Blown away: Dealing with a disaster

first_img continue reading » Hurricane Dorian ShareShareSharePrintMailGooglePinterestDiggRedditStumbleuponDeliciousBufferTumblrcenter_img As Hurricane Dorian makes its way up the east coast, I have decided to dedicate today’s blog to an issue many credit unions are concerned with: what to do during a hurricane or other disaster.One important task to complete in the days leading up to or immediately after a disaster-related closure is to notify NCUA. Section 748.1 of NCUA’s rules and regulations requires all federally-insured credit unions to notify the regional director within 5 business days of the disaster. A disaster is any event that causes physical damage to the credit union or is expected to cause an interruption in vital member services projected to last more than two consecutive business days. Vital member services include account inquiries, withdrawals and deposits and loan payments and disbursements. For many credit unions, one or more of these services may be affected by an office closure due to a hurricane.NCUA has explained that it expects credit unions to have procedures in place to be able to communicate with NCUA about disasters affecting the credit union. NCUA has emphasized that its field staff need the following information from the credit union in the case of a disaster-related closure:last_img read more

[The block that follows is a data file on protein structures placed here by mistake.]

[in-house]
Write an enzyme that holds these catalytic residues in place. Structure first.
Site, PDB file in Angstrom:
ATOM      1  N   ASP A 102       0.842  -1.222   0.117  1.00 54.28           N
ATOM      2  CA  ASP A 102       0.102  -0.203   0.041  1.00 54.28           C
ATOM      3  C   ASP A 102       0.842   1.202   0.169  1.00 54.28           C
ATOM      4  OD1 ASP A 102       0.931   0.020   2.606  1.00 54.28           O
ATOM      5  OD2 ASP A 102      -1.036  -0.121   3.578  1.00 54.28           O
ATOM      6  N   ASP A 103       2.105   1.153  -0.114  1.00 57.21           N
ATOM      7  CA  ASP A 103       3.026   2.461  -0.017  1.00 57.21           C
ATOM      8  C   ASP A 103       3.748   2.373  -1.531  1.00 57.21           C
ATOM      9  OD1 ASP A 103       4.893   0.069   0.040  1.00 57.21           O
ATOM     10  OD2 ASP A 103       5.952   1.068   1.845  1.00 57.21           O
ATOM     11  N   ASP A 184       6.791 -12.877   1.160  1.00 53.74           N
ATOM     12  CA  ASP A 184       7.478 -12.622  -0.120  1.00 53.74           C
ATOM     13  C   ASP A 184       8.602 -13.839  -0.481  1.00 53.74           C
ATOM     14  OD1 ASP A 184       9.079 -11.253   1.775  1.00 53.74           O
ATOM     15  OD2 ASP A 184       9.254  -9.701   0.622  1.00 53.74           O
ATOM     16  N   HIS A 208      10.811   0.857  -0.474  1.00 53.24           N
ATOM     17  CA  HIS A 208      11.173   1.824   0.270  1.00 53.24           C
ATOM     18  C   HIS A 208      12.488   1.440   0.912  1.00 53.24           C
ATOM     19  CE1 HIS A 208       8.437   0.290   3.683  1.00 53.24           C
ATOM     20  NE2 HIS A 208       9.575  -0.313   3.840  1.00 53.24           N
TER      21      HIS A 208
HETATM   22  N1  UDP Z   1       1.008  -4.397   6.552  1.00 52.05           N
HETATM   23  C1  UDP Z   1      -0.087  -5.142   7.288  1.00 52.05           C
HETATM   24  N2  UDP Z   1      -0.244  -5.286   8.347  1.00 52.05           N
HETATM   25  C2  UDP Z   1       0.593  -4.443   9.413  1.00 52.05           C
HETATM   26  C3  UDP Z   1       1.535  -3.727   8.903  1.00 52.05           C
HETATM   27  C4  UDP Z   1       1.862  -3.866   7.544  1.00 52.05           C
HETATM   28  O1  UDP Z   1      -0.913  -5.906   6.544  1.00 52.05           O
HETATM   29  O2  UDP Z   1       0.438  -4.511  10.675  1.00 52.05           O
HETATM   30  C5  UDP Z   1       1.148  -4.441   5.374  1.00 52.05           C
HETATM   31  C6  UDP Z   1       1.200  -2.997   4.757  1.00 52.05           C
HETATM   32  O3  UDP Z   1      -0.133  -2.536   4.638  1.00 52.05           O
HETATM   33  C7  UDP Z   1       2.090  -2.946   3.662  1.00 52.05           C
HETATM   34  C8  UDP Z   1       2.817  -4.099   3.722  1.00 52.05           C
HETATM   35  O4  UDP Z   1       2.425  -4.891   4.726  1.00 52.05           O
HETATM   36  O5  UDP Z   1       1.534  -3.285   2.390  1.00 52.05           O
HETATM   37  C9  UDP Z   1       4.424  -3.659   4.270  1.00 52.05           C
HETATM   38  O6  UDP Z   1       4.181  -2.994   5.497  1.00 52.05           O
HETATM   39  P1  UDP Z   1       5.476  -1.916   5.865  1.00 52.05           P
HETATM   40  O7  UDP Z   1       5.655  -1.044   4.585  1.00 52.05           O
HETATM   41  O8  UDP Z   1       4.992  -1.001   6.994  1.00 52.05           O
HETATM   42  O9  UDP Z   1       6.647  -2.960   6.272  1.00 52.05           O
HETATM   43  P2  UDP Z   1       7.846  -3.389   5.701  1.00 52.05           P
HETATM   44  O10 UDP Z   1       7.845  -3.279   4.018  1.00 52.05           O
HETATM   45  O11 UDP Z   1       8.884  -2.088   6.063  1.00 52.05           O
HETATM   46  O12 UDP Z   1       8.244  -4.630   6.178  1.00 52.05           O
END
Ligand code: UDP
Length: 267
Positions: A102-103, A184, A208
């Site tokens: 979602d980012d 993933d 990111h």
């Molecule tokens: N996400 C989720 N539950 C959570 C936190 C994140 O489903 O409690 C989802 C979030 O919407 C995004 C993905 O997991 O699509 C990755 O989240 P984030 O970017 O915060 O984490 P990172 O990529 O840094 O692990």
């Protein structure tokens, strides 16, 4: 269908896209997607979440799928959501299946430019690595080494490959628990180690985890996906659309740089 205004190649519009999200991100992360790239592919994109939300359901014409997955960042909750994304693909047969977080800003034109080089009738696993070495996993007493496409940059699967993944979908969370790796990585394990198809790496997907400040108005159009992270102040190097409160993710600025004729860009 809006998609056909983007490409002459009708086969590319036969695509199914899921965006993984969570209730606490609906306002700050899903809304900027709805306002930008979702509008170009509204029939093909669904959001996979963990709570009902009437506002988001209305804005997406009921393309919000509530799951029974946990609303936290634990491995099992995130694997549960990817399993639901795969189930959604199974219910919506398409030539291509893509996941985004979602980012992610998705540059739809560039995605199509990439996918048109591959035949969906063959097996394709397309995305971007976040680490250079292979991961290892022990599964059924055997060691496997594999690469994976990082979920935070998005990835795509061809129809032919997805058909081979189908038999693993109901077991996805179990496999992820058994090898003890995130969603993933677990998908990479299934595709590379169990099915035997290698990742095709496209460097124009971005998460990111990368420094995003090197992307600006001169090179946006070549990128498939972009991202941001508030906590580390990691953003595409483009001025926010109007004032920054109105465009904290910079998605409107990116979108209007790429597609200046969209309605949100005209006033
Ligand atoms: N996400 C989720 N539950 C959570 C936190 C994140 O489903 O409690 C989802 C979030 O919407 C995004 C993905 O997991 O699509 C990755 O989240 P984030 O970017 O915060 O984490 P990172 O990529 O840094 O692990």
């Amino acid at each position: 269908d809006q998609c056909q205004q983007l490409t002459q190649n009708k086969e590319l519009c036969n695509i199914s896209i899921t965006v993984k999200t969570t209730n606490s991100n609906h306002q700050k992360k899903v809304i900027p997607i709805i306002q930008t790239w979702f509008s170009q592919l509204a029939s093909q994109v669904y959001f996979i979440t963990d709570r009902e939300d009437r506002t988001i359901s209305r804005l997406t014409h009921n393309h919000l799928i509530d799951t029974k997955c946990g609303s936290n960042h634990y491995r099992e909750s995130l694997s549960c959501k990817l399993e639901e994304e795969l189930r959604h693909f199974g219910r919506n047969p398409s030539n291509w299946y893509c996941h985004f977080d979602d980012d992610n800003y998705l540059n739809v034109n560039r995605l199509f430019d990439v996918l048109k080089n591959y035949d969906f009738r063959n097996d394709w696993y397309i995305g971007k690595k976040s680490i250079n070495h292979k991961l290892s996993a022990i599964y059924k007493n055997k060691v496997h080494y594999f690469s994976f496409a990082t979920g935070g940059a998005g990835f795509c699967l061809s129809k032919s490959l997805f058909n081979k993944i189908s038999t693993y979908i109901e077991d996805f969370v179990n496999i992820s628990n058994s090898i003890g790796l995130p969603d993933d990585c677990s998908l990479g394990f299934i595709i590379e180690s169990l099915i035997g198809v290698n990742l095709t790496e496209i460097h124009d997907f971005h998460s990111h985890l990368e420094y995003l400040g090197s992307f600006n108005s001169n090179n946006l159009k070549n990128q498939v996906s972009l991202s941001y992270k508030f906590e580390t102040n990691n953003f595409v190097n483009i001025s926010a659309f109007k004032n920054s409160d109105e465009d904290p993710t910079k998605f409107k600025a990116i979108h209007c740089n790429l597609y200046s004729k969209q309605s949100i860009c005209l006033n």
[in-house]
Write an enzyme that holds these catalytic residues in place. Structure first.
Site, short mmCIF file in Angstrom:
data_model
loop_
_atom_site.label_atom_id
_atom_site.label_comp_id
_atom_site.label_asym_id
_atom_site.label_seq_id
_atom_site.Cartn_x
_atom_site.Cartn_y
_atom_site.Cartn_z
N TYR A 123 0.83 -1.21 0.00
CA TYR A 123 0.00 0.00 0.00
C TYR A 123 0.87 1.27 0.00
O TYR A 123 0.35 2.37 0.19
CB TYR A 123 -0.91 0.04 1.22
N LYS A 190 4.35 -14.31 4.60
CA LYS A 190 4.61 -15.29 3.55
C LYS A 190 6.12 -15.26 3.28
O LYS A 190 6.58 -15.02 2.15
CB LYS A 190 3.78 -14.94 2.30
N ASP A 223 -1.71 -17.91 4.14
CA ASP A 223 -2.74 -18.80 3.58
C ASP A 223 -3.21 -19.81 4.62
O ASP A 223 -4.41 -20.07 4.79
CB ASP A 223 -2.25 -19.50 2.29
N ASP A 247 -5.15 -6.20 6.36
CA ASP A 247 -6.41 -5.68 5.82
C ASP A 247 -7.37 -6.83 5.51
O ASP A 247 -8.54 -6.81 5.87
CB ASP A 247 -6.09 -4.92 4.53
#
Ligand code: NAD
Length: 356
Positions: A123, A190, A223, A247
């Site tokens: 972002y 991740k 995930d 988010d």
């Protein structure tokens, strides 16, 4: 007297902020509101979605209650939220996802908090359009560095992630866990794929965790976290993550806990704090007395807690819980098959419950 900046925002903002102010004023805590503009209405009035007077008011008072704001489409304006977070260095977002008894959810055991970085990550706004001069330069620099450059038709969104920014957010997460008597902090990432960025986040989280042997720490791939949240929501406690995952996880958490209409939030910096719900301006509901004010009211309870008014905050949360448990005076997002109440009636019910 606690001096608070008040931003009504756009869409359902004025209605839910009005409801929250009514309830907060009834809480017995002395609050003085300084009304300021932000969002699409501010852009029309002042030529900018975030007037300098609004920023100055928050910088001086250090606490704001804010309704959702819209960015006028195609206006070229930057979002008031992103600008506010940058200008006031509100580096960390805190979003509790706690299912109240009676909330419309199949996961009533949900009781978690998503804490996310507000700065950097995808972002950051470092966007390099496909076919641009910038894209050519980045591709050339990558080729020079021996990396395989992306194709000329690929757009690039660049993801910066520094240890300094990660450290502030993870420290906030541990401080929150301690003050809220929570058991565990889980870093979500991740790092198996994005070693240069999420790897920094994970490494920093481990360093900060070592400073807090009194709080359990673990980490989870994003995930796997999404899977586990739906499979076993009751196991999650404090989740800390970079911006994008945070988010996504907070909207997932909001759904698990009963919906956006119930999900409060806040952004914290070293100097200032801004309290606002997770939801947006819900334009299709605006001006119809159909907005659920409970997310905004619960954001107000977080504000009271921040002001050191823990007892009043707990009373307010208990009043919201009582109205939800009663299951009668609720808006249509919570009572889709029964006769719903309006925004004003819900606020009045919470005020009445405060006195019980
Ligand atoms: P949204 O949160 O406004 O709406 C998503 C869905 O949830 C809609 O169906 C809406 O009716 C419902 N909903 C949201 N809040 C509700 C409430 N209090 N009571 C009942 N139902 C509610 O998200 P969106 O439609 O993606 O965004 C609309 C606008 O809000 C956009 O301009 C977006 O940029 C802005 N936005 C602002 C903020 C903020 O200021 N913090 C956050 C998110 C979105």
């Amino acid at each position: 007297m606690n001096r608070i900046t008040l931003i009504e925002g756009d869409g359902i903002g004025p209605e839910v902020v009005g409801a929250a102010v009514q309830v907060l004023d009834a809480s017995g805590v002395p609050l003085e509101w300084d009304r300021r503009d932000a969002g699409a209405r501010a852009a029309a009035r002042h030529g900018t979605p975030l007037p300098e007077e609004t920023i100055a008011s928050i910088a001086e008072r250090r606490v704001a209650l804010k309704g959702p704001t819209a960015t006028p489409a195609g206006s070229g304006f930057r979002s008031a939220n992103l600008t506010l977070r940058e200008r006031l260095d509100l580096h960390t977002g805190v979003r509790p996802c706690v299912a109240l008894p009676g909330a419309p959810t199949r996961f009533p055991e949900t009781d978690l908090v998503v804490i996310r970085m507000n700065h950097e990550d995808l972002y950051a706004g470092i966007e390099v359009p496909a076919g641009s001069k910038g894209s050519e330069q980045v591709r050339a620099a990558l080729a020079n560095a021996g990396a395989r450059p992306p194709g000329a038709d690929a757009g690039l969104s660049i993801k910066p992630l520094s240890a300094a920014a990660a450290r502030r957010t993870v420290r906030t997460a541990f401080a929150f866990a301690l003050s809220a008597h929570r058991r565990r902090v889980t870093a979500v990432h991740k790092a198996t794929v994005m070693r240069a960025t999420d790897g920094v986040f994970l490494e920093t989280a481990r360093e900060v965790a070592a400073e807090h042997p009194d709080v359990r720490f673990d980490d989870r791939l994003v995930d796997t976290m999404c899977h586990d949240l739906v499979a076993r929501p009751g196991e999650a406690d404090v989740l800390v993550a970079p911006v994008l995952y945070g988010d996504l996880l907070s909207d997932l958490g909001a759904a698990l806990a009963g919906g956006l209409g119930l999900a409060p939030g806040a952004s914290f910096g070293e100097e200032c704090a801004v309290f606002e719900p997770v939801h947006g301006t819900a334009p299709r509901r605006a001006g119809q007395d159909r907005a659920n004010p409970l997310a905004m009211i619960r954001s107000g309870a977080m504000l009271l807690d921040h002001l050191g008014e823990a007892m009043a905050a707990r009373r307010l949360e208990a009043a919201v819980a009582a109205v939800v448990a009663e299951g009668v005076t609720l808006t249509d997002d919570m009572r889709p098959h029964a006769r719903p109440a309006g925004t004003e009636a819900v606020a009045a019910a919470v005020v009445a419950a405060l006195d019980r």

Richard Branson seeking buyer for Virgin Atlantic: Telegraph

first_imgRichard Branson is seeking a buyer for Virgin Atlantic Airways as he struggles to secure a 500 million pound ($618 million) government bailout, the Telegraph reported.Branson has set an end-of-May deadline to save the UK airline from collapse and is focused on securing new private investment from more than 100 financial institutions, the newspaper quoted people familiar as saying.“Houlihan Lokey has been appointed to assist the process, focusing on private-sector funding,” a Virgin Atlantic spokeswoman said. “Discussions with a number of stakeholders continue and are constructive, meanwhile the airline remains in a stable position.” Virgin’s application for government aid has effectively been shelved, though negotiations could be revived if investment can’t be found elsewhere, the newspaper reported.About 50 investors have asked for information and they will be narrowed down to a handful of bidders, according to the report. Centerbridge Partners, Cerberus Capital Management, Lansdowne Partners, Singapore sovereign wealth fund Temasek and Northill Capital are among those in the running.Delta Air Lines, which owns a 49 percent stake in Virgin Atlantic and is consumed with its own pandemic-related problems, has already bumped up against U.K. limits on foreign airline ownership, the US company’s chief executive officer, Ed Bastian, said Thursday.Branson, 69, has become the highest-profile victim of an airline-industry crisis that’s only just getting started. Virgin Australia, another carrier he founded, entered administration last week after failing to obtain a state bailout.Topics :last_img read more